A recent article on Smithsonian Institution’s web page (www.smithsonian.com/invasives) highlighted the culinary uses of a variety of invasive species, notably plants. The feature species was Garlic Mustard. This plant as botanists in the Northeast US know is an ever present pest that is ruining our botanical experience. This species can out compete many natives, reducing our woodlands to barren mono-specific stands of this invasive weed. Well, to the rescue are chef’s and foodies that are touting the benefits of eating this and other plants that fit better on our plate than growing in our woodlands. The chefs described by the article used garlic mustard in a few ways to show it use and wide usage as a green and as an herb.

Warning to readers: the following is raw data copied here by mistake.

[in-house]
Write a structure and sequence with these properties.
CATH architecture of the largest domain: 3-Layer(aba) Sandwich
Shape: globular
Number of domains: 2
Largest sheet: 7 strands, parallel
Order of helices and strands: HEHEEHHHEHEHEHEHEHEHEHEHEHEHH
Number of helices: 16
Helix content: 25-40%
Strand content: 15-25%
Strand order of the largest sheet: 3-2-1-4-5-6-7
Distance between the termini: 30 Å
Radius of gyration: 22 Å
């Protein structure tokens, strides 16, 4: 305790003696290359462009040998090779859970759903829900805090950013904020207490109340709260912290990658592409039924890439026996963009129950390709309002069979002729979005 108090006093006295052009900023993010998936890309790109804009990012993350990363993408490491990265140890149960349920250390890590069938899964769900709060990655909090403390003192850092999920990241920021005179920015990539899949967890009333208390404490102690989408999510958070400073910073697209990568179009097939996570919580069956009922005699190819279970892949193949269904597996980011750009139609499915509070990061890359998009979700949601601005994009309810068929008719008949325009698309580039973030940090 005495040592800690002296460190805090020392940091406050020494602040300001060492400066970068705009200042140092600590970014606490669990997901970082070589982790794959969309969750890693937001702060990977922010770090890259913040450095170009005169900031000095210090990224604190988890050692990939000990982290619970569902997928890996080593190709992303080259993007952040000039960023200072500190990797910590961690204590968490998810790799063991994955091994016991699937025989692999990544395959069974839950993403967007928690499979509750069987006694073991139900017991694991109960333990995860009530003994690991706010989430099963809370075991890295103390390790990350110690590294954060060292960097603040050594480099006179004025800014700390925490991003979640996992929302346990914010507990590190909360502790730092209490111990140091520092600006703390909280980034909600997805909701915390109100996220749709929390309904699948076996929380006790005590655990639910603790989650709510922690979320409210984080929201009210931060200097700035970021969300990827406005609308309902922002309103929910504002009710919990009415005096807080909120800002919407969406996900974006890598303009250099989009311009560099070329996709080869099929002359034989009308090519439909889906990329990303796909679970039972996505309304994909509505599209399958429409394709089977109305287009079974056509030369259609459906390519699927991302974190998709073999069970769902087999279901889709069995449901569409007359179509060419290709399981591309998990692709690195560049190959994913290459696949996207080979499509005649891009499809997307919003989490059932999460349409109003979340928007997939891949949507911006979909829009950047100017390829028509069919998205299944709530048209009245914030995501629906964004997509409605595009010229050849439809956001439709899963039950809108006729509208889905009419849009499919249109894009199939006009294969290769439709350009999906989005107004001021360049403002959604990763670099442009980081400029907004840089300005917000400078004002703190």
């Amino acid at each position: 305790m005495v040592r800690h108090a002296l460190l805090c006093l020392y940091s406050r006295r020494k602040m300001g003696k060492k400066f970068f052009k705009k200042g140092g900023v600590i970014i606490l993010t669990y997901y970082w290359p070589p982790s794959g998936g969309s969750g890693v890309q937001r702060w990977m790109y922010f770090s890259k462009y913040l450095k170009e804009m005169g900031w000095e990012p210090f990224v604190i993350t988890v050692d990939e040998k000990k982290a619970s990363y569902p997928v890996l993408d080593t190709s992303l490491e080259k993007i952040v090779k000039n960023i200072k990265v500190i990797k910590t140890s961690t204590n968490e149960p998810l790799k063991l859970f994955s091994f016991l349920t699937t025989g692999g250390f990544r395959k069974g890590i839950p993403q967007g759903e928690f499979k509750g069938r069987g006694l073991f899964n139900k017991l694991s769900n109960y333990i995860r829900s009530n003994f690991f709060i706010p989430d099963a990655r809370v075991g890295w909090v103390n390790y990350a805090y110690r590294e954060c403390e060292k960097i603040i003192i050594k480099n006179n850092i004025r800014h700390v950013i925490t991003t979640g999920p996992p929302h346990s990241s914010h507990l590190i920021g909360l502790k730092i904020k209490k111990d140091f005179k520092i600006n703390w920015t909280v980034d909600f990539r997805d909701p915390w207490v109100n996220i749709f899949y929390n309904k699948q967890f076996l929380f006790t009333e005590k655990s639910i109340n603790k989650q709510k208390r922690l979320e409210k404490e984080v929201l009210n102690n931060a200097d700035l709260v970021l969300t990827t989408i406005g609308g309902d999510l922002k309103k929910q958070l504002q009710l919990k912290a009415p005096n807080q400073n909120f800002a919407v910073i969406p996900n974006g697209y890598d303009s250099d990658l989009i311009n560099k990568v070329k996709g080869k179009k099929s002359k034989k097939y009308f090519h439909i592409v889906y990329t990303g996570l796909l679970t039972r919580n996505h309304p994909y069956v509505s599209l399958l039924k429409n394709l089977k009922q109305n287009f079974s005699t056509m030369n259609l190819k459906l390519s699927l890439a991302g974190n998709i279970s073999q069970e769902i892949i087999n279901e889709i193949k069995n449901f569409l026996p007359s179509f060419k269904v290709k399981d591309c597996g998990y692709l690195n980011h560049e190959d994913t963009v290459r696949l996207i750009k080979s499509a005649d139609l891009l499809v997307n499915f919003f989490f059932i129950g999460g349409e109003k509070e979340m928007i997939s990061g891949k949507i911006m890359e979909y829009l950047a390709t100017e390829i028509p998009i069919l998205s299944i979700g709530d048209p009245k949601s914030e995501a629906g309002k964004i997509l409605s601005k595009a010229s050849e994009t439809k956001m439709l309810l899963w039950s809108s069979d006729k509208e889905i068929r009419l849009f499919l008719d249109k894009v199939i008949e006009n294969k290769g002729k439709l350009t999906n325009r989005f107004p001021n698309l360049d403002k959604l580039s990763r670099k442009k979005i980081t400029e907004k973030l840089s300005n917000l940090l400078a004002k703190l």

The Flora of New Jersey members are all too familiar with edible species, we are just a bit overwhelmed by their presence. Wineberry, field garlic, cardoon, pigs-foot and others have been in our herbal repertoire, they have been just under utilized. So the next time there is a local invasive species clean up, maybe it may be just as efficient to eat your way through rather than just cutting and composting!